Author: Nikhil Narayan Sivadas
Going green is no longer a want, it is a necessity. People today are acutely aware of the need to make the right choices and as a result, companies and big businesses are switching over to green products. It’s a trend that has affected the packaging industry, which has begun to embrace biopolymers in a big way. Here’s why.
Whether you are buying a car, a computer or even food, the production, processing and use of these products have an environmental impact. That is especially true when it comes to the material that these products are packaged in. Most of these are sourced from non-renewable materials and are non-biodegradable, sometimes ending up in landfills and in the world’s oceans, causing huge problems.
This has prompted companies like PepsiCo, Target and Nestle among others, to come together through the project - the New Plastics Economy, to build a more sustainable plastics value chain. This along with increasing awareness among consumers to make clean and green choices is forcing a radical rethink by the packaging industry. And the introduction of biopolymers is opening up a whole new world of possibilities for companies to lessen their carbon footprint.
“The discussion these days is all about the finite resources we have on our planet and how best to utilize it in a sustainable way. This is where biopolymer is having a big impact since sustainability is its main feature," says Mats Holti, Executive Vice President, Technology & Innovations at Walki Oy.
Traditionally, packaging materials use polymers made from non-renewable oil and petrochemical sources to provide barrier properties which protect the product. Materials like polystyrene and polyethylene are examples of petrochemical polymer-based packaging. Biopolymers, on the other hand, are made from renewable, naturally occurring sources such as plant starch, sugar cane, wood residues and so on, making it a popular choice among companies looking to ramp up their green initiatives.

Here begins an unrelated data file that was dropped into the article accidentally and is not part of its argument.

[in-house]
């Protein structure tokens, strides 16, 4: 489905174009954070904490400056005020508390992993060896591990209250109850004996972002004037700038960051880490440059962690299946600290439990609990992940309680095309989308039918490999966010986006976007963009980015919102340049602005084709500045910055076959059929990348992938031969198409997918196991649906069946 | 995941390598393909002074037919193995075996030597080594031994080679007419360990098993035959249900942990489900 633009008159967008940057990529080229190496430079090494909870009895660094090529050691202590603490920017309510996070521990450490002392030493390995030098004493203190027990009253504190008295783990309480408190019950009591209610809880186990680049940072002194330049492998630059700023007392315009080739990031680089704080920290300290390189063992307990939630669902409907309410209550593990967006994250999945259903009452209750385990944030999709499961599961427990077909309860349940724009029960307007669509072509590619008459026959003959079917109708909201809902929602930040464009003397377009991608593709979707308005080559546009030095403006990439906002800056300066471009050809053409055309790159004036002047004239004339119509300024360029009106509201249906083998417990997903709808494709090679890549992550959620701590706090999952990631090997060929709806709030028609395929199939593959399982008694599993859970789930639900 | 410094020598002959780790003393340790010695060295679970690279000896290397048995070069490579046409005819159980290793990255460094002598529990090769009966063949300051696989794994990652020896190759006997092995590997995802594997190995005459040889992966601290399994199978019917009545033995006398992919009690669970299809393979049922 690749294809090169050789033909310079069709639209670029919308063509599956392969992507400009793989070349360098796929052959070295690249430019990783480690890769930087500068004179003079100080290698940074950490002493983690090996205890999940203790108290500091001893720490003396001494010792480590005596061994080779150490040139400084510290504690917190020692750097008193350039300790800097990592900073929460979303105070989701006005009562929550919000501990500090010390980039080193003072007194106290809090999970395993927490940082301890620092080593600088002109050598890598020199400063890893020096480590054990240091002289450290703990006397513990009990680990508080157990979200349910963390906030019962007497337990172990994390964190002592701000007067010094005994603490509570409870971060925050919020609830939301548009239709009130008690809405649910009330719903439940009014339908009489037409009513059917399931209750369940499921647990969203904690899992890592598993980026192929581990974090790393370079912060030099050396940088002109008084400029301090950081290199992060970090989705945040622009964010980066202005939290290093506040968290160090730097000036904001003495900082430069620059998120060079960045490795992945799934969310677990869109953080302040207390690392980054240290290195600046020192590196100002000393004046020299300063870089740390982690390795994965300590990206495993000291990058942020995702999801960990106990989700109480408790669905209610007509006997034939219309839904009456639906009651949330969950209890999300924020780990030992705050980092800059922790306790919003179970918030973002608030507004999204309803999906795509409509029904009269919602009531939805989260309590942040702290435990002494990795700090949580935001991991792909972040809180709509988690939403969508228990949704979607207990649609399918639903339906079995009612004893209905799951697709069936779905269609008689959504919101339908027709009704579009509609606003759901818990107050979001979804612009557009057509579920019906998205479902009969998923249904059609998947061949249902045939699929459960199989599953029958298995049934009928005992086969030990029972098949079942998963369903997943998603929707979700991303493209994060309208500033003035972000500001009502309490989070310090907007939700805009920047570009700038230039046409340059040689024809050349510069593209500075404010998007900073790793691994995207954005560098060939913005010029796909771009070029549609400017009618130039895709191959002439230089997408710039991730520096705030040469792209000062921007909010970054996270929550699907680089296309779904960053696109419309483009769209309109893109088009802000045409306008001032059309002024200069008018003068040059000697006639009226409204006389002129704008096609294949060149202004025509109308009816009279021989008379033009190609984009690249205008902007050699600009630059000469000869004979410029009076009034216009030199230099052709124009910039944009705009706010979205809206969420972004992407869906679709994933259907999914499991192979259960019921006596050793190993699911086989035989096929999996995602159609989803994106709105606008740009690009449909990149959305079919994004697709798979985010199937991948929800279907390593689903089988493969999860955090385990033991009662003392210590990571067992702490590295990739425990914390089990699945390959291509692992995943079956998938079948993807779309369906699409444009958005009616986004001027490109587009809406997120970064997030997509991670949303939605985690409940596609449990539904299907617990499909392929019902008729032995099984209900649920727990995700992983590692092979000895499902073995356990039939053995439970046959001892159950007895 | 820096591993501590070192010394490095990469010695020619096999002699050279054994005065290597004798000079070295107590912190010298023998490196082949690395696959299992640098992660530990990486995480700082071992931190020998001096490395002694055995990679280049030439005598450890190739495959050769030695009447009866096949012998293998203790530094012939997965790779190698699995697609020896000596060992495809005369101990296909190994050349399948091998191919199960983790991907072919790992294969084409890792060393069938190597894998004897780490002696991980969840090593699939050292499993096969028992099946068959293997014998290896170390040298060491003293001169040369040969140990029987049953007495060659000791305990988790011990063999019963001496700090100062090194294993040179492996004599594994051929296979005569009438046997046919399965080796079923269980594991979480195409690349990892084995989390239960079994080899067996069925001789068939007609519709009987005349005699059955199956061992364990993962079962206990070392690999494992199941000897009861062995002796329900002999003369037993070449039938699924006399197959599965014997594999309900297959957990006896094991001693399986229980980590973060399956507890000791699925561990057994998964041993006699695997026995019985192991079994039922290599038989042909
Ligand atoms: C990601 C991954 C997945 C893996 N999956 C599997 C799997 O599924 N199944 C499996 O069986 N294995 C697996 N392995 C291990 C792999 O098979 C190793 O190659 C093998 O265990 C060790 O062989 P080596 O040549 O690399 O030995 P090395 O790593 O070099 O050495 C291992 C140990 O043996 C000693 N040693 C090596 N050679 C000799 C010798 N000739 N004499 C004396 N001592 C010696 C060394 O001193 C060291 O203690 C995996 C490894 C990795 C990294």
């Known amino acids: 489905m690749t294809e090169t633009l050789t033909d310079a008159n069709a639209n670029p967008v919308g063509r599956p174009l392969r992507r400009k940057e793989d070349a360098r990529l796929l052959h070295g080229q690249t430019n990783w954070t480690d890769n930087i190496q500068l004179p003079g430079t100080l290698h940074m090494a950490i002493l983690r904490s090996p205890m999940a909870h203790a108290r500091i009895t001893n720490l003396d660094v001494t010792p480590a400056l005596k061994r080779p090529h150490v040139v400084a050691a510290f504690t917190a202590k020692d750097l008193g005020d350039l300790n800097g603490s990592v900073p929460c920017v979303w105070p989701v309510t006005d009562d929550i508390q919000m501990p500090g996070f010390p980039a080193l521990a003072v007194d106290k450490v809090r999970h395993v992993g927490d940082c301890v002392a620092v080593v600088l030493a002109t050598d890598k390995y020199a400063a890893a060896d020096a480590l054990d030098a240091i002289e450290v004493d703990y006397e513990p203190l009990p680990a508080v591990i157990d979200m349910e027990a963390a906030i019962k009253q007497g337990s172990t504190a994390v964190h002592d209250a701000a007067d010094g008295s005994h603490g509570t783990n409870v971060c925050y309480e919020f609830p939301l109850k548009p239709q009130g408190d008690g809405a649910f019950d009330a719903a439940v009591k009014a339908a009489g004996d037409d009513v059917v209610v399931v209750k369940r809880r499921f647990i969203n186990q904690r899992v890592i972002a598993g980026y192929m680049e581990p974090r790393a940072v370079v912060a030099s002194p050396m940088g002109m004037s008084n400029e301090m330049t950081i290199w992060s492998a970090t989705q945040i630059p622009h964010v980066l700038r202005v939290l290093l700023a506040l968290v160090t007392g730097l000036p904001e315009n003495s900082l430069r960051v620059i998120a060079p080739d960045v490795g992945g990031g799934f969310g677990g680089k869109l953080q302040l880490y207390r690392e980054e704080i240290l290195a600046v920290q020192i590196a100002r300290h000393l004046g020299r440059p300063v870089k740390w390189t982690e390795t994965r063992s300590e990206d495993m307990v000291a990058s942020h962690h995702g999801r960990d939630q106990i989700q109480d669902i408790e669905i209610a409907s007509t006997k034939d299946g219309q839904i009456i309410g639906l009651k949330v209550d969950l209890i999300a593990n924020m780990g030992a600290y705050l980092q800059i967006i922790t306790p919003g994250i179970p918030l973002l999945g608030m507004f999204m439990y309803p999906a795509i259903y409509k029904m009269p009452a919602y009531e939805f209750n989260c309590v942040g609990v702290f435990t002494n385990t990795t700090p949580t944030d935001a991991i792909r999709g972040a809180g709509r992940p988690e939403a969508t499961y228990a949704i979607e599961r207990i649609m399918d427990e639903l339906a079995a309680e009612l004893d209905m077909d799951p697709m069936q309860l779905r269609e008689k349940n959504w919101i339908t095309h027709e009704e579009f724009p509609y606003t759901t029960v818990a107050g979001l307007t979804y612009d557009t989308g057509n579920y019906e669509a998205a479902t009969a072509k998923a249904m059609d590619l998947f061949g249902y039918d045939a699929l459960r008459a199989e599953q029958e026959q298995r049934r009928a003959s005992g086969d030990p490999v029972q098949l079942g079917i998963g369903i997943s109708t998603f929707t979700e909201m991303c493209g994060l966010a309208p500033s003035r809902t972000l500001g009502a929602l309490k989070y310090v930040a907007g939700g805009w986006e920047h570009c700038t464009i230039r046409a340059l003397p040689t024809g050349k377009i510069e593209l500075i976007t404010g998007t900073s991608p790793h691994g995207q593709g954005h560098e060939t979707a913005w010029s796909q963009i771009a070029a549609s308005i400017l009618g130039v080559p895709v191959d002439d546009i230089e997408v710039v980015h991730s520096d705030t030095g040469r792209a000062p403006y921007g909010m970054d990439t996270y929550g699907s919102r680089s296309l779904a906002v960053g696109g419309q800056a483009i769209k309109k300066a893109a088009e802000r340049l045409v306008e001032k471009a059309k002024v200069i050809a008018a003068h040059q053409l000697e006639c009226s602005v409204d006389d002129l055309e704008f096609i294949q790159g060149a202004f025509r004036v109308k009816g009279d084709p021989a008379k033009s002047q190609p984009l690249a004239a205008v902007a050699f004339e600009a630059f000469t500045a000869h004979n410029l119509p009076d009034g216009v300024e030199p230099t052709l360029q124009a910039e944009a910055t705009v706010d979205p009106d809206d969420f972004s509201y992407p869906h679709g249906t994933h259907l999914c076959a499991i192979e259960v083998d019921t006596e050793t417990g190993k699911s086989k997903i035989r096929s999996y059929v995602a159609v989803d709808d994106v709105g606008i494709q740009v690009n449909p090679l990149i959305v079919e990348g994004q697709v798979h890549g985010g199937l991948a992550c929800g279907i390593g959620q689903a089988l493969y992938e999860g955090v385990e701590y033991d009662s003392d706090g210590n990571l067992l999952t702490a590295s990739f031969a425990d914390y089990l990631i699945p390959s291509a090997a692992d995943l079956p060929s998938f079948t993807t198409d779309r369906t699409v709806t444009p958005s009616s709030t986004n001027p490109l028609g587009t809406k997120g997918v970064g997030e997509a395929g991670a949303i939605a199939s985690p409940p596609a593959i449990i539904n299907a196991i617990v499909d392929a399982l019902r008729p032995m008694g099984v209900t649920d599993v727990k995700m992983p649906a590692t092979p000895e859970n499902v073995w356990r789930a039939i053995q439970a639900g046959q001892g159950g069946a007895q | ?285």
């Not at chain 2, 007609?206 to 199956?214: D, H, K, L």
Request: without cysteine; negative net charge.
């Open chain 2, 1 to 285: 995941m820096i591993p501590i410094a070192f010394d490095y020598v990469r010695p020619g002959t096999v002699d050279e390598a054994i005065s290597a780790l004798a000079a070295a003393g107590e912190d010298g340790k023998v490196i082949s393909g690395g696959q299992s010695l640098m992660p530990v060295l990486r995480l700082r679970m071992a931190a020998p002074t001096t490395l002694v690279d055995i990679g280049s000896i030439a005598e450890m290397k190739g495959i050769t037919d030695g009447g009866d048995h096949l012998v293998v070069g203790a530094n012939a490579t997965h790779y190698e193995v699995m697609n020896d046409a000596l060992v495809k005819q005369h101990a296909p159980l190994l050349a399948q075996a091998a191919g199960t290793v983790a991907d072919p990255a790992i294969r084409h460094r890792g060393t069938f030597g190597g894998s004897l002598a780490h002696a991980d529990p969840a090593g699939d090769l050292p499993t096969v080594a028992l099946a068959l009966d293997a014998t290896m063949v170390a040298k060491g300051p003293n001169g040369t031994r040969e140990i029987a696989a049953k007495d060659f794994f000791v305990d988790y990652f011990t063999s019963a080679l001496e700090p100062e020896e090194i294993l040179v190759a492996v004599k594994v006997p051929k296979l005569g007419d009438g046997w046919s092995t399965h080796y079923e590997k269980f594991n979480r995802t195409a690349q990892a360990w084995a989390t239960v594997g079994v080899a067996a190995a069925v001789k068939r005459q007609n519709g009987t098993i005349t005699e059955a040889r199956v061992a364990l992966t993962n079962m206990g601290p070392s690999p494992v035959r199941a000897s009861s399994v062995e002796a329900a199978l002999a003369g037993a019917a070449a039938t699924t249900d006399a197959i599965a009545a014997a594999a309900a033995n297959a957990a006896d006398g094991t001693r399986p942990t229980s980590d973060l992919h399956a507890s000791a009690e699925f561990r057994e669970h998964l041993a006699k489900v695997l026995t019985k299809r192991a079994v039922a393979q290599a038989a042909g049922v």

“It has proven to be especially popular in consumer packaging, where a lot of companies are looking at sustainability. Food packaging, drinks packaging etc are a few of the areas where biopolymer use has increased steadily," points out Holti.
Packaging materials that use cardboard and paper materials are already sourcing about 80% to 90% of the material from renewable sources. Adding biopolymers to the mix, says Holti, ensures that companies are sourcing nearly 100% of their product from sustainable sources. An attractive tag for any company to have.
But that is just the tip of the iceberg. Packaging materials made from biopolymers can also be designed to be biodegradable, making it an almost complete solution for today’s eco-conscious world.
“Not all packaging material needs to be bio-degradable, but in sectors like food packaging, there is demand for this. Depending on the end use of the product, we can produce biopolymer packaging material that degrades much faster. Both from a utility point of view and brand point of view, it makes sense for some companies to want to use biopolymers. And so, they are ready to pay a small premium to ensure that their packaging is eco-friendly," explains Holti.
It also helps that today, biopolymer products can in many cases be made as effective as fossil-based polymer products in providing protection. For instance, Walki now has a range of biopolymer solutions that have excellent barrier properties, including protection from light, moisture, mineral oil, gases and aromas. The biopolymer coating can also impair the spread of bacteria and fungi while ensuring that the packaging material is water repellent and breathable.
The adoption of biopolymers by the packaging industry has grown steadily over the past couple of years, says Holti, who believes that its adoption by the European markets will set the pace for the whole world to pick it up. And in the future thanks to economies of scale, widespread adoption of biopolymers may also cause its production costs to rationalize even further, making it as cost-effective as petrochemical-based packaging.